Weaver's Week 2009-03-15

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Seeing red

One of our co-writers tried to see The Colour of Money on the internet-based I-tv Player. All he saw was a run of adverts and break bumpers, with no actual content. Clearly, the I-tv Player has a Lack of Content filter, ensuring that only the best ITV programmes are made available over the interwebs. Good news for ITV Nightscreen Gold, there.

The Colour of Money

12 Yard Productions for ITV, about 6.45 Saturday nights

We were rather alarmed to read publicity to the effect that ITV's new Saturday night entertainment The Colour of Money could be a potential deathtrap.

Lynn Foulds-Over demonstrates other potential deathtraps.

Apparently, all contestants had to run on a treadmill to get their hearts racing. Was this to ensure they were fit enough to tackle the New Krypton Factor assault course? Or to ensure that they could keep up with Chris Tarrant rushing about the studio? Er, no, it's just a gimmick to tie in with the conceit that the show might be a bit stressful.

Having seen it, we reckon that other shows should ensure their contestants are not exposed to potential death traps. For instance, have the safety people not seen Battle of the Brains? Do they not realise that, during the walk from their place behind the desk, these brains could trip over and smash their face on the studio floor? Or get a soft landing, on Nicky Campbell's head?

Over on Spin Star, if someone really strong pulls the lever really really hard, it could come away in their hands, and the unfortunate person could fall over and crash into the cameras and stick their hand into an electrical socket and have to go to hospital for a very long time ie forever.

And don't start us on the dangers of driving while blindfolded by a thing with a very long trunk as happens on Kerwhizz, otherwise we'll be here for a very long time ie forever.

ITV advertised the cash-in flash-in game as being "the most stressful game on the internet". It certainly was for viewers outside the UK, who found their access blocked. Unless they did something utterly confusing with their proxy settings, and we really have no clue how on earth one does that. According to viewers in the UK, it was somewhat less than compelling to play.

After the break, we're reminded of the player's target.

Good news for Johnny Foreigner, and entirely like the game, then. Here's how it works. Player is given an arbitrary target, and picks one of twenty coloured machines. Inside is an amount of money, paid out at £1000 per second. Contestant can stop the machine at any time, taking the money paid so far. If the machine runs out of money, it pays nothing. Repeat until the contestant has reached their target (in which case they win it) or they've played ten machines and not made their target (in which case they leave with nothing).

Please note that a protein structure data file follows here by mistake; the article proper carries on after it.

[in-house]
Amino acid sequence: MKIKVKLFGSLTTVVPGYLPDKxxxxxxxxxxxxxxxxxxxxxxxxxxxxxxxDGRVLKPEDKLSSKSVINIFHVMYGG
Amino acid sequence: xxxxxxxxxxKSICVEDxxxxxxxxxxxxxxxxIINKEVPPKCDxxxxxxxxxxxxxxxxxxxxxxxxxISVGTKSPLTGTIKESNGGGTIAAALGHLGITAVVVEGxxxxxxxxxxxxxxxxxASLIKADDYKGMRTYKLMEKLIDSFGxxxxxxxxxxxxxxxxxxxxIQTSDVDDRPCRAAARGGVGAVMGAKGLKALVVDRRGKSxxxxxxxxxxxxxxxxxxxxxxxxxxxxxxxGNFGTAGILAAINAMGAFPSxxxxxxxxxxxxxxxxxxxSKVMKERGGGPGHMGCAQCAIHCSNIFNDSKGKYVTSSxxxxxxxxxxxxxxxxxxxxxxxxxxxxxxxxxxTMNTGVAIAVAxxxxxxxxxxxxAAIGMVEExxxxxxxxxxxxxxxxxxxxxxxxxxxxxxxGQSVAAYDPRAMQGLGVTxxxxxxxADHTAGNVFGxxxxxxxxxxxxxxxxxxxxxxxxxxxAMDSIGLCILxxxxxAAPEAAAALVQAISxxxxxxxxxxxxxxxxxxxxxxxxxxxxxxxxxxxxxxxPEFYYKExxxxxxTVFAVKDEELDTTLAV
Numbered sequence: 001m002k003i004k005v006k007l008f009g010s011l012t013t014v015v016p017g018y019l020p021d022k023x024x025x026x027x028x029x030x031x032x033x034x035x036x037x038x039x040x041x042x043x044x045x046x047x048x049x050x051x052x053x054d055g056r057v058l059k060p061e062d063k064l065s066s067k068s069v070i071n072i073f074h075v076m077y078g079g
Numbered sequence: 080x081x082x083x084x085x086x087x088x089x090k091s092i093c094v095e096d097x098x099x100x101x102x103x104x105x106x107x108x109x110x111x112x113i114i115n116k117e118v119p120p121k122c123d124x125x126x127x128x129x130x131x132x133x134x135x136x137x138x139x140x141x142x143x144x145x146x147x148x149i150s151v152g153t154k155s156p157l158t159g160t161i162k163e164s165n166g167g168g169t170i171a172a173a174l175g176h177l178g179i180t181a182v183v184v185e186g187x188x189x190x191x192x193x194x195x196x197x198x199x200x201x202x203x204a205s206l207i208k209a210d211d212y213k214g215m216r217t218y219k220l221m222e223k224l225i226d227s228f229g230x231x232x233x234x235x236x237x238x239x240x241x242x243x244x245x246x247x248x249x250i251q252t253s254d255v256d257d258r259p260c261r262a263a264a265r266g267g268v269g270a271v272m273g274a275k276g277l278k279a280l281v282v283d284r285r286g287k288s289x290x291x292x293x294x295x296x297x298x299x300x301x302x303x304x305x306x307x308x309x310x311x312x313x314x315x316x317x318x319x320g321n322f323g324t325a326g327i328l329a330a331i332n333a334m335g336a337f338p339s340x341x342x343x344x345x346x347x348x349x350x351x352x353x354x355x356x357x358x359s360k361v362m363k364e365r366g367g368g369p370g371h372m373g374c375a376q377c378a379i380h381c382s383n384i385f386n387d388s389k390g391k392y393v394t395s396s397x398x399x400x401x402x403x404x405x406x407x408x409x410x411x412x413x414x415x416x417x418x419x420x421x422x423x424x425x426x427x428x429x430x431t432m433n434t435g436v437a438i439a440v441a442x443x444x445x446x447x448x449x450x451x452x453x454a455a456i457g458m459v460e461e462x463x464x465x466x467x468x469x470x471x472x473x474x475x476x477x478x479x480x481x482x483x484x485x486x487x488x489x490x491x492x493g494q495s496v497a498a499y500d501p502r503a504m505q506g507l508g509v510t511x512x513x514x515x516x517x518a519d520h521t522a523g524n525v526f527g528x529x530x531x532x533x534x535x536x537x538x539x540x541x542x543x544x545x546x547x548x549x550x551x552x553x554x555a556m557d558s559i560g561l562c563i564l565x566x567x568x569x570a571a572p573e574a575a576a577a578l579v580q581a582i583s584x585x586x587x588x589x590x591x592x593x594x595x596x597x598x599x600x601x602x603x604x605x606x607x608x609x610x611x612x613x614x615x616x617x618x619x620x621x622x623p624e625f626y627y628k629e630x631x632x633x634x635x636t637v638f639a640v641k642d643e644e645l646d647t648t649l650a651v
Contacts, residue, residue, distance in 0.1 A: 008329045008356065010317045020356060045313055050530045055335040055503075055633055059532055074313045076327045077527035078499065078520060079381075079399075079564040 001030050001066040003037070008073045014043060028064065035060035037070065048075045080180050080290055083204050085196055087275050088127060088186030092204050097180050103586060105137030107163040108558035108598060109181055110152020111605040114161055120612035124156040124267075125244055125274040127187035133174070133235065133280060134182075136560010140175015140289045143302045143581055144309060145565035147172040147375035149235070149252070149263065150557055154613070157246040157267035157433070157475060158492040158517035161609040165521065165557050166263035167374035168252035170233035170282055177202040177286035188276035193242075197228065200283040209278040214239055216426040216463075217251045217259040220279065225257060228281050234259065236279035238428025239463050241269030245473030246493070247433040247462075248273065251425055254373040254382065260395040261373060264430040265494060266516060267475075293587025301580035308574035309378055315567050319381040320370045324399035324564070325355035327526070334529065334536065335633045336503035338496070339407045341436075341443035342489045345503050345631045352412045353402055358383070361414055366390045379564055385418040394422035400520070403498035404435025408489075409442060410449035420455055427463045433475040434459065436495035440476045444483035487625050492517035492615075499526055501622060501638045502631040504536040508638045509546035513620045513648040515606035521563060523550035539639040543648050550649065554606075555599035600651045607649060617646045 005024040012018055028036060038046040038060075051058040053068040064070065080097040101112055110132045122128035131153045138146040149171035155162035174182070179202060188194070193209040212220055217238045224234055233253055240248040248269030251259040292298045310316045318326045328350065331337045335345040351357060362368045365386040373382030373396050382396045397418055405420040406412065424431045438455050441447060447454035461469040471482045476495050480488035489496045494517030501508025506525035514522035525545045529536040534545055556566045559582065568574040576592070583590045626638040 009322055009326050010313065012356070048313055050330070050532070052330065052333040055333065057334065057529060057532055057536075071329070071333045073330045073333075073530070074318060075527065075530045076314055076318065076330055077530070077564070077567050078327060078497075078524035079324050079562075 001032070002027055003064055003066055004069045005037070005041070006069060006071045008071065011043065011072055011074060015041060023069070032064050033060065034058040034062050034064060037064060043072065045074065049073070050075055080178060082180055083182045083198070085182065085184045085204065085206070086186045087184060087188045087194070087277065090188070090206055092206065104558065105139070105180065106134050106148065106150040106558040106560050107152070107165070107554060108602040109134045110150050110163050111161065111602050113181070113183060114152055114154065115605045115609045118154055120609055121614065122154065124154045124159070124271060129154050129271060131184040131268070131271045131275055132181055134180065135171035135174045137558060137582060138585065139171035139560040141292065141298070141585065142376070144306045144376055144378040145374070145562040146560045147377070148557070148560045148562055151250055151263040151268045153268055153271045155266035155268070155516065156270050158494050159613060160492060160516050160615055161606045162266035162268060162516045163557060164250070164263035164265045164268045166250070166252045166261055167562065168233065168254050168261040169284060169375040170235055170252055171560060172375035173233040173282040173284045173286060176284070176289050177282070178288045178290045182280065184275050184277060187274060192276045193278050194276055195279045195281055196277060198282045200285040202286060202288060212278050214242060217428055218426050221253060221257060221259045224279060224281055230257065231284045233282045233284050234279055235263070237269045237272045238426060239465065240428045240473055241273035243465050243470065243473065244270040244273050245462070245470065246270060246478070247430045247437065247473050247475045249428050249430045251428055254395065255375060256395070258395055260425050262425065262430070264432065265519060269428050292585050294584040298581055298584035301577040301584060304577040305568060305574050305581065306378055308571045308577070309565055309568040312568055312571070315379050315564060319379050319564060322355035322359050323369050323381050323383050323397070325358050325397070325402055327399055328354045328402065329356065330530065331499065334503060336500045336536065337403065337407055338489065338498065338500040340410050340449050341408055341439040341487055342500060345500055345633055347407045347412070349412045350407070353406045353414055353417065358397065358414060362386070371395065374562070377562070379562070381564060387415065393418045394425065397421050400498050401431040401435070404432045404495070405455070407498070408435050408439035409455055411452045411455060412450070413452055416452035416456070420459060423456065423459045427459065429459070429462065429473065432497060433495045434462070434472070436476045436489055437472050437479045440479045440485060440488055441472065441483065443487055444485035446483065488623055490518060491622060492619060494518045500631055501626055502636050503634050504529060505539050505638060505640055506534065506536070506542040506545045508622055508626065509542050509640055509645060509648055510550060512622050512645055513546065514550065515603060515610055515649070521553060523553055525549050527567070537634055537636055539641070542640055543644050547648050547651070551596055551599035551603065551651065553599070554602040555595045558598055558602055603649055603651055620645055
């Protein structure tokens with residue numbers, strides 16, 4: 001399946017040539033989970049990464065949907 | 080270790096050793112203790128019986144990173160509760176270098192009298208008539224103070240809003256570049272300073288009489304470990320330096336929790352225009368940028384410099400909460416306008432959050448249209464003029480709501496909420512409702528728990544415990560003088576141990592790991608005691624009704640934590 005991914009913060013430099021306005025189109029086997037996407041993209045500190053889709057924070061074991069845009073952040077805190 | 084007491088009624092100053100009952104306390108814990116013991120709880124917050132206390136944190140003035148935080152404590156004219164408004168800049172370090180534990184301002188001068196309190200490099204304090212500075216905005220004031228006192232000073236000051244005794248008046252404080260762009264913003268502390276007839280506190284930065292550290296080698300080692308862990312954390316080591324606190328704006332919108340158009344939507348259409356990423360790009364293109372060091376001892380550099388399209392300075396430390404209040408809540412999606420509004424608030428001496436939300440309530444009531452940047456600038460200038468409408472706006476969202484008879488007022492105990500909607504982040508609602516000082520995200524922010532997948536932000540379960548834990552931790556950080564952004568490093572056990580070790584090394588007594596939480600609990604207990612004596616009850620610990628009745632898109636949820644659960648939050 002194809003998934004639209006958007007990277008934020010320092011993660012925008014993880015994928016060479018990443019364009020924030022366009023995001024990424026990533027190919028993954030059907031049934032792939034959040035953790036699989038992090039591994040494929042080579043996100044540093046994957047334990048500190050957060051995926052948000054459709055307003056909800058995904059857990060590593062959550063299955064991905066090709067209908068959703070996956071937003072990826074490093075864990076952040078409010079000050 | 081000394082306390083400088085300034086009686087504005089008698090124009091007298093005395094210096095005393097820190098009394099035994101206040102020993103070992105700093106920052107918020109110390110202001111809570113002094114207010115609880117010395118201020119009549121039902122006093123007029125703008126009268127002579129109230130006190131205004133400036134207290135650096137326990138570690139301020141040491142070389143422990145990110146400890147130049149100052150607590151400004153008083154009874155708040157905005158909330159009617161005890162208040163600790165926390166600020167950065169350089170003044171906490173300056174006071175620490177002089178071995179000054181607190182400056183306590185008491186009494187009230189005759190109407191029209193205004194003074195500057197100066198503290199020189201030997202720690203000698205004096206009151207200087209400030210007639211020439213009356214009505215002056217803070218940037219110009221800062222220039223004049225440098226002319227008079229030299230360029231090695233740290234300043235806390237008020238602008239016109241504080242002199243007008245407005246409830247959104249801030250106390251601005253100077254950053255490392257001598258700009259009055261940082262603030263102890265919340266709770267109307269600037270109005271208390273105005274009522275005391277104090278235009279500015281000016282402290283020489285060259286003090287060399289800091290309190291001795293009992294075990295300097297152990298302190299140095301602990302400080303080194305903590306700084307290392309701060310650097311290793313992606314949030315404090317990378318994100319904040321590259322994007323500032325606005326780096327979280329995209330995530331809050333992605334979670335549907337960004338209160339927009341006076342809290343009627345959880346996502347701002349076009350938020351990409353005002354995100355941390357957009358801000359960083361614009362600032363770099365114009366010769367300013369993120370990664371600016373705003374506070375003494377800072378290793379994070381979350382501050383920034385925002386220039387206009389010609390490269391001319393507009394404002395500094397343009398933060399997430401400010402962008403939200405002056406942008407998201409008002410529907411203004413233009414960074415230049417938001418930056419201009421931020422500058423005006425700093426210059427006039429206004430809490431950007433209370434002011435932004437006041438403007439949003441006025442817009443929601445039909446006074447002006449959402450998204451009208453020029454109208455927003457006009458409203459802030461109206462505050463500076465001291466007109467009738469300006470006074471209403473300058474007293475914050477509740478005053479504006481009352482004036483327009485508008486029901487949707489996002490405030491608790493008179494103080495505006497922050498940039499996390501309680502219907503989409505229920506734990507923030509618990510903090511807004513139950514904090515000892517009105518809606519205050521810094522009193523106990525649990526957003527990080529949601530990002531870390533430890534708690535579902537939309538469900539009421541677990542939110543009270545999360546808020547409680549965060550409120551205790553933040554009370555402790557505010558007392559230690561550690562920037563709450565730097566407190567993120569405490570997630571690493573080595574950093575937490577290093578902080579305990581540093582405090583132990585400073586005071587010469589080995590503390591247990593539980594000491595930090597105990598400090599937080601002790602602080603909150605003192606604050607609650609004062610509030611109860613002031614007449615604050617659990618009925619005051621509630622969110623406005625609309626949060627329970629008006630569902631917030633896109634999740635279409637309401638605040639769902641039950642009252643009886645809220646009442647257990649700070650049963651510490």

Oh, there are other elements. Chris Tarrant pulls a silly face, and a model in gratuitous high heels gives statistics for people who don't actually understand statistics. Members of the contestant's family are in the studio, and the show is punctuated by "coming up" and "previously" stings similar to those that ruined Unanimous. And piles of cash rise up from the slots underneath the machines, a fact that is not mentioned by anyone at all.

Piles and piles of prop cash.

Now, if you're into this sort of thing, the game could be quite exciting. People who like seeing things tick over once per second before stopping will be fascinated. They could always watch a clock and stop it on occasion.

We found the show got very boring very quickly. There's absolutely no skill involved. People here aren't asked to know fifteen random factoids, or to convince strangers that they are holding the best hand, or prove they can make better anagrams than the next person. No, all they've got to do is shout "Stop!" a metric dozen times.

This player will get £5000 if he stops now. But we don't want to give you that!

Oh, and they've got to come up with a compelling emotional hook. "My boyfriend is leaving me for a job in Afghanistan," said one contender. "I want to get married," said another. "I want to buy a car for my granny," offered someone else. "I want to see a decent game of cricket, where England are decent," said a passing Australian. "I want a new coat. One of those nice gabardine ones," said a man in an Irish accent. "I want to see Mike Yarwood," said a man with an Arabic accent; and a man in an eye-patch said, "I wants a training day. And a parrot. I calls him Hatfield, so I does." Apparently, the film is meant to make the viewing public root for the contestant, and has nothing to do with spinning the show out hideously, or recycling obscure in-jokes that date back to the Thatcher era.